The HMO certificate also imposes certain conditions:
To ensure that the property is managed to a proper standard; and
To ensure the property continues to meet the standard to protect the health, safety and wellbeing of the tenants; and
Specifies the maximum number of people allowed to share the house.
There are two separate standards relating to the space available and a dwelling is deemed overcrowded when the number of persons sleeping in the dwelling is such as to contravene the Room Standard or the Space Standard.
Room Standard – The room standard is contravened when the number of persons sleeping in a dwelling and the number of rooms available as sleeping accommodation is such that two persons of opposite sexes, over the age of 12, who are not living together as husband and wife must sleep in the same room. At this time, we have no reports of houses not being registered as HMOs that are not HMOs.
The Space Standard – The space standard is contravened when the number of persons sleeping in a dwelling is in excess of the permitted number, having regard to the number and floor area of the rooms of the dwelling available as sleeping accommodation.
For this purpose, no account shall be taken of a child under the age of one, and a child aged one or over but under twelve shall be reckoned as one-half of a unit.
Further Information is available through the Houses of Multiple Occupation Standards (2002), https://www.nihe.gov.uk/hmo_standards.pdf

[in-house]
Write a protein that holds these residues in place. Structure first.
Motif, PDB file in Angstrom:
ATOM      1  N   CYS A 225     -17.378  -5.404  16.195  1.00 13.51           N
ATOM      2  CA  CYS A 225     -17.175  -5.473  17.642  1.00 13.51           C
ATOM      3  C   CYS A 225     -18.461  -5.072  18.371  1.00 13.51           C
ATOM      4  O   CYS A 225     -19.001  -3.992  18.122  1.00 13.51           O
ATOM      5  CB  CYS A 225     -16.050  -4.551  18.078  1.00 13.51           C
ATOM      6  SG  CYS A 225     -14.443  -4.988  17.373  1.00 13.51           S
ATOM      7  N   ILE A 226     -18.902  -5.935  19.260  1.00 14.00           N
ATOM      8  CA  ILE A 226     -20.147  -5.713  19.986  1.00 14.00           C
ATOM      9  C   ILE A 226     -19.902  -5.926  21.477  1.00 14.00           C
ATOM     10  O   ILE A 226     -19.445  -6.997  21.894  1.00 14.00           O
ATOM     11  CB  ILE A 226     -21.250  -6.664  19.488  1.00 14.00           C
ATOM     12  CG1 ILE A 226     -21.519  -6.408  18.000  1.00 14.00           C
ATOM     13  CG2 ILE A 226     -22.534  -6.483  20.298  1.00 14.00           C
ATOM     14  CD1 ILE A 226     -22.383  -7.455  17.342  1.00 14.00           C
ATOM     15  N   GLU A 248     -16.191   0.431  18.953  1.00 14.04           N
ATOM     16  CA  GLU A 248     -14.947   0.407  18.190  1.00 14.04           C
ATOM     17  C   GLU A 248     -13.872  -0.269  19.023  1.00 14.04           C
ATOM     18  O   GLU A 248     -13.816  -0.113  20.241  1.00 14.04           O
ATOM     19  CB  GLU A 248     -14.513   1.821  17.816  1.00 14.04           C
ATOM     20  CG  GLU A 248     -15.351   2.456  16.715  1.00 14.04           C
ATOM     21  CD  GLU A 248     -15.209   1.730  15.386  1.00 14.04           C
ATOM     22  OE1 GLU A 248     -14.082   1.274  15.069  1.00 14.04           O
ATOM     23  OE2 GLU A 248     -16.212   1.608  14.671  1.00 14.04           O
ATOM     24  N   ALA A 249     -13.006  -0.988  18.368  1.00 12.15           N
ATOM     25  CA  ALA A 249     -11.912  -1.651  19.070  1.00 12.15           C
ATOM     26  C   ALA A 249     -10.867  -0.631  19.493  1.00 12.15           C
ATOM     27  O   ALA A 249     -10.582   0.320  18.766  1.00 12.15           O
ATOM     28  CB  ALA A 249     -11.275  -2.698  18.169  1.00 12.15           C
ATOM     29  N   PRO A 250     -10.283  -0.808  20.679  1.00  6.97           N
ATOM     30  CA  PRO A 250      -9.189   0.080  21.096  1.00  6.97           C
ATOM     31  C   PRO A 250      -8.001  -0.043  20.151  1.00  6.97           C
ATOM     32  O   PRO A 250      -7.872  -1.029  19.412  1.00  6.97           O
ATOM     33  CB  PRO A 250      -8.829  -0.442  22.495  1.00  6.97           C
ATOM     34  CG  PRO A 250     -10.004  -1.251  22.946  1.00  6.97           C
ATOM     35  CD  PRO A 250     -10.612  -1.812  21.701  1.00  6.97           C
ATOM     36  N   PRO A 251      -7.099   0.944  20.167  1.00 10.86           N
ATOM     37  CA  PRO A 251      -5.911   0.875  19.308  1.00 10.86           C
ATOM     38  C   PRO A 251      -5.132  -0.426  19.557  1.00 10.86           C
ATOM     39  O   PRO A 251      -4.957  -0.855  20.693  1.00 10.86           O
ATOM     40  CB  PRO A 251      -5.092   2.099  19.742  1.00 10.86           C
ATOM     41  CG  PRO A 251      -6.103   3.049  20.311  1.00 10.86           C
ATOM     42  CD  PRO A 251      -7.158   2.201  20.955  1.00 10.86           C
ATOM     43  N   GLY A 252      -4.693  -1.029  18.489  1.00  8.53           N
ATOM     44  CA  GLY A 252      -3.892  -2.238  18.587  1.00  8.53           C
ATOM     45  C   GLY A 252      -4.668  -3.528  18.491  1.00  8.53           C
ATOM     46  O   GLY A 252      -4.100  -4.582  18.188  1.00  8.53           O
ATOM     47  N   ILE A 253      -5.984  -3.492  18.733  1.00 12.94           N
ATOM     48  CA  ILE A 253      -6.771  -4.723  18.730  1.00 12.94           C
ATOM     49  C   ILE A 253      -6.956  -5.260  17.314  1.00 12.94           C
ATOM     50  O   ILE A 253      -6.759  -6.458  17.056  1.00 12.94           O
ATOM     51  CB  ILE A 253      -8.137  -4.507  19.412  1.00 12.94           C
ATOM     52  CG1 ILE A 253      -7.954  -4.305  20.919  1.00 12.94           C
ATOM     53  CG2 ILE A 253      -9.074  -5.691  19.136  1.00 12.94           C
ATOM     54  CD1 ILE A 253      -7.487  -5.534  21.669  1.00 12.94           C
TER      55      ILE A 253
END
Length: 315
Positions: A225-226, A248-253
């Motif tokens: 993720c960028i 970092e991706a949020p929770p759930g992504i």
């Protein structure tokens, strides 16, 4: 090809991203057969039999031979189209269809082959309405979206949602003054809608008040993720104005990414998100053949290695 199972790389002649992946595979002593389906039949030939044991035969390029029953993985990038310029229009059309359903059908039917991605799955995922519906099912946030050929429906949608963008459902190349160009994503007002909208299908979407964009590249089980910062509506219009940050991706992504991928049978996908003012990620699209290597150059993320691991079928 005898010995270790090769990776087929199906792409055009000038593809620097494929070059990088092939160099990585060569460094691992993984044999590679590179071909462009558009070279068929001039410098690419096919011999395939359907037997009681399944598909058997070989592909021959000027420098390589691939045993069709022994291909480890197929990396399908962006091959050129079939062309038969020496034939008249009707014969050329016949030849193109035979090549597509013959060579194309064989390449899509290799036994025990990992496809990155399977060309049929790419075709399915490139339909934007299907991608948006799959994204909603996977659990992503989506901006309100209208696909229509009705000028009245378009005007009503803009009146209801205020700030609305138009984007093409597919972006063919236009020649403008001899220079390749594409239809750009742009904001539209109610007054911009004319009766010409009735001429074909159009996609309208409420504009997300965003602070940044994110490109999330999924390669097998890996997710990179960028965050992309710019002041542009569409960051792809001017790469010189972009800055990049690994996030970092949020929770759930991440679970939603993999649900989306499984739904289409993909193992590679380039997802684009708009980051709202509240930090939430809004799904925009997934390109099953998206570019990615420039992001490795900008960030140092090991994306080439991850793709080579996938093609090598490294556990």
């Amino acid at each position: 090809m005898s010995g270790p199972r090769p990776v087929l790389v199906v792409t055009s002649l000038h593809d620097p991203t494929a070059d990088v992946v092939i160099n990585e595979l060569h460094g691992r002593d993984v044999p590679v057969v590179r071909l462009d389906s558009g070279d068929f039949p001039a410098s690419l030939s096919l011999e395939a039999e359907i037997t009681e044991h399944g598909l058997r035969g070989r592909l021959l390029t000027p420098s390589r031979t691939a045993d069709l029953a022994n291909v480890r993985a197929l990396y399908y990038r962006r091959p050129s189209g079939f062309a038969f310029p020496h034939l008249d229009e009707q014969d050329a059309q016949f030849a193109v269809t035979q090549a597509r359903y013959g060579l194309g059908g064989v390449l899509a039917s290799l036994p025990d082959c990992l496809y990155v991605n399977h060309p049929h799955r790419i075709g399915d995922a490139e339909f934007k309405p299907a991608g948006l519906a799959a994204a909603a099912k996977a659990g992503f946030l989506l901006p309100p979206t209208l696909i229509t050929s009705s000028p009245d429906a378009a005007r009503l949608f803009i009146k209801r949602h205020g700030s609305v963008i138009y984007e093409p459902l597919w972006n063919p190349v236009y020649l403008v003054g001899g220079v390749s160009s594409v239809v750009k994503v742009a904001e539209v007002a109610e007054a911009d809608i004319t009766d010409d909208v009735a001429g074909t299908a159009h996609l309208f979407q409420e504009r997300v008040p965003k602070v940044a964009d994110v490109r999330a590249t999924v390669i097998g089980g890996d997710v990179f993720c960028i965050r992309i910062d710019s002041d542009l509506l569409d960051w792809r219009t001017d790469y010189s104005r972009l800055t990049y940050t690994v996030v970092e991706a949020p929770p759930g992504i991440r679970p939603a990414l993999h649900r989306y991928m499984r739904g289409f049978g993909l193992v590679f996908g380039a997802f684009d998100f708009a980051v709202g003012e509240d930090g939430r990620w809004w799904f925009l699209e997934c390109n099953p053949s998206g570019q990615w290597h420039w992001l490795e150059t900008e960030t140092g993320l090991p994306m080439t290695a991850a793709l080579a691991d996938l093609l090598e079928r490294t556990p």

Crime figures in the Ballymena, Braid and Broughshane DEA areas of mid and East Antrim are: – For the period from 1st April to 21st September 2019, total crime is up 19%, which is a total of 299 crimes. In the same period, the outcome rate is 33% (an increase of 4 percentage points) meaning someone is made amenable of a third of all crimes. Police investigate crime regardless of gender, ethnicity, religious beliefs or sexuality.
Responsibility for law enforcement around immigration lies with Border Force which sits within the Home Office. They secure the UK border by carrying out immigration and customs controls for people and goods entering the UK. Their website can be accessed here: https://www.gov.uk/government/organisations/border-force
Police continue to make it clear that hate crime, in any form, will not be tolerated. We work with our partners across the public, private and voluntary sectors to provide reassurance and support to victims and promote tolerance and respect for all cultures and identities.
A hate crime or incident will be recorded where it is perceived that the perpetrator’s hostility or prejudice against any person or property is on the grounds of the victim’s ethnicity, sexual orientation, gender identity, religion, political opinion or disability. The impact of hate crime can be long lasting and far-reaching, going beyond the victim’s own experience and increasing fear in the wider community.